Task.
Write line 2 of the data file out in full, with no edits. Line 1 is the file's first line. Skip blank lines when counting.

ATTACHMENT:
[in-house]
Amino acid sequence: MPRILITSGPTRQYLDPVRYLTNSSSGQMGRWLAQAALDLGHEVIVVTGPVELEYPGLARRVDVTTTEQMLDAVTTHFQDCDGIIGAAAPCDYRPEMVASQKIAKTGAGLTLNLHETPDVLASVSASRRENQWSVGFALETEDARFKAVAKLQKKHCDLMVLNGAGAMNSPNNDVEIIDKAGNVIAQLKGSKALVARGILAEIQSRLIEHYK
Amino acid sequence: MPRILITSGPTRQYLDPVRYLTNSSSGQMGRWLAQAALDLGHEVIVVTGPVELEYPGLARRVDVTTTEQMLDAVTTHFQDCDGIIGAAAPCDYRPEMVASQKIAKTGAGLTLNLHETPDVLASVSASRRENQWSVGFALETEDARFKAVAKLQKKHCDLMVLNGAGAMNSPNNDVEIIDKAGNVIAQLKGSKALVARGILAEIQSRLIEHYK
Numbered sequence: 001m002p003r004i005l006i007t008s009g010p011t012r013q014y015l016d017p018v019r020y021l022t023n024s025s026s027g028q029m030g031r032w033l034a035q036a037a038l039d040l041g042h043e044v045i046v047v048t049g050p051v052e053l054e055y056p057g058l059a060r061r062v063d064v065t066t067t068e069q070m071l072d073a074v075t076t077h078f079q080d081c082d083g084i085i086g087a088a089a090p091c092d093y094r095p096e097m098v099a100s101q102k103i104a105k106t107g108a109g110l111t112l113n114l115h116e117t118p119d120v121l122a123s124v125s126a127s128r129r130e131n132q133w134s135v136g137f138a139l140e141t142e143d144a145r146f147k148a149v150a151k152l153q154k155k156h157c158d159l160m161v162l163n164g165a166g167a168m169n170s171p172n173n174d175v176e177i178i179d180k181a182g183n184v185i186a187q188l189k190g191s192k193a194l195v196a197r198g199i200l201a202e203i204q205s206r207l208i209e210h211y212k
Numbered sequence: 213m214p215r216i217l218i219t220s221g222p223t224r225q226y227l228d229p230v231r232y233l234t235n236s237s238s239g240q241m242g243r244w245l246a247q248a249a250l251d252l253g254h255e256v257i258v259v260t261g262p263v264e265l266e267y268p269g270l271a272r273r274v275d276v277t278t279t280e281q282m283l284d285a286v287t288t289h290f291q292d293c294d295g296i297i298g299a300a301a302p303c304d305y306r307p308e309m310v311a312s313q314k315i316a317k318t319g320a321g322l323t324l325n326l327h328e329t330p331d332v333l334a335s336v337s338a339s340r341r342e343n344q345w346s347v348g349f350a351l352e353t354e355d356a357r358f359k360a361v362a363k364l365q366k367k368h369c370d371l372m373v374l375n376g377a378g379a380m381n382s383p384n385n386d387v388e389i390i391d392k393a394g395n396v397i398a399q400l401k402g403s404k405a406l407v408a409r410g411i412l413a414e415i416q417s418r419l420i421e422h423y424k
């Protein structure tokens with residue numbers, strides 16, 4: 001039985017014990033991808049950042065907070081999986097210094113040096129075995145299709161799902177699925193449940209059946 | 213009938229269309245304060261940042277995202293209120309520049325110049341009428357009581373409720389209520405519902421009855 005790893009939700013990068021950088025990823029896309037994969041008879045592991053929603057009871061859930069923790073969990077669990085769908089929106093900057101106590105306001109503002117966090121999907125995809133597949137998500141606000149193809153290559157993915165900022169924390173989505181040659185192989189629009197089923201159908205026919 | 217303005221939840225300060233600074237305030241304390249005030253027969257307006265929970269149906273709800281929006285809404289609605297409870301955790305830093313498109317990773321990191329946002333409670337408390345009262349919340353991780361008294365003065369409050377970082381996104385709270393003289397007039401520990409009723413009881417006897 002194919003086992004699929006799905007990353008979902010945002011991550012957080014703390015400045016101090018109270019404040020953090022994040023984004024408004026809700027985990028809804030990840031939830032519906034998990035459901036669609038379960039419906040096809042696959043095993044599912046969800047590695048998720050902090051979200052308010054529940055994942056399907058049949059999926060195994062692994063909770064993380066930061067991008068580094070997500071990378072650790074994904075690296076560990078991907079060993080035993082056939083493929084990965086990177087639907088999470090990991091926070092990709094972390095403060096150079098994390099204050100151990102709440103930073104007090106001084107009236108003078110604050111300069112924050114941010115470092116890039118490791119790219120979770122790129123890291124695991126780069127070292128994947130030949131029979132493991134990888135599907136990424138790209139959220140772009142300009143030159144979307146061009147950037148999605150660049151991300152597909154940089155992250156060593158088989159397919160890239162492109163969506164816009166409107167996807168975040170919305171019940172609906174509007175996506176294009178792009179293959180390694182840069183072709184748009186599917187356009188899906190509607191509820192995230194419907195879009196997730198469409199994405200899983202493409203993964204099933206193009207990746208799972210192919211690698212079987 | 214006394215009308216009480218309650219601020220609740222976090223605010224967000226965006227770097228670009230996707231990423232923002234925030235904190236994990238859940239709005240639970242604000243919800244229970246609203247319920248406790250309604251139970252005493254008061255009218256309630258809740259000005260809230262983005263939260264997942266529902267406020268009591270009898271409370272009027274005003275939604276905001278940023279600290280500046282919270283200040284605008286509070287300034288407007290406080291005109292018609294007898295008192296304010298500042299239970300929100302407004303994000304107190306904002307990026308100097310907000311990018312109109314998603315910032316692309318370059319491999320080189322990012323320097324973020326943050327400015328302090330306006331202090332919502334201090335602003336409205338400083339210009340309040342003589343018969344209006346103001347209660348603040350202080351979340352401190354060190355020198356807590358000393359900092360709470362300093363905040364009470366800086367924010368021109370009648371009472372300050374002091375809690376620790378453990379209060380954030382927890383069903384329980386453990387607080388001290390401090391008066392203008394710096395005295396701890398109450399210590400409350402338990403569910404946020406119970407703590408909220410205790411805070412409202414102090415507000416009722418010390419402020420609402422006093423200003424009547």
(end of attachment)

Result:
Amino acid sequence: MPRILITSGPTRQYLDPVRYLTNSSSGQMGRWLAQAALDLGHEVIVVTGPVELEYPGLARRVDVTTTEQMLDAVTTHFQDCDGIIGAAAPCDYRPEMVASQKIAKTGAGLTLNLHETPDVLASVSASRRENQWSVGFALETEDARFKAVAKLQKKHCDLMVLNGAGAMNSPNNDVEIIDKAGNVIAQLKGSKALVARGILAEIQSRLIEHYK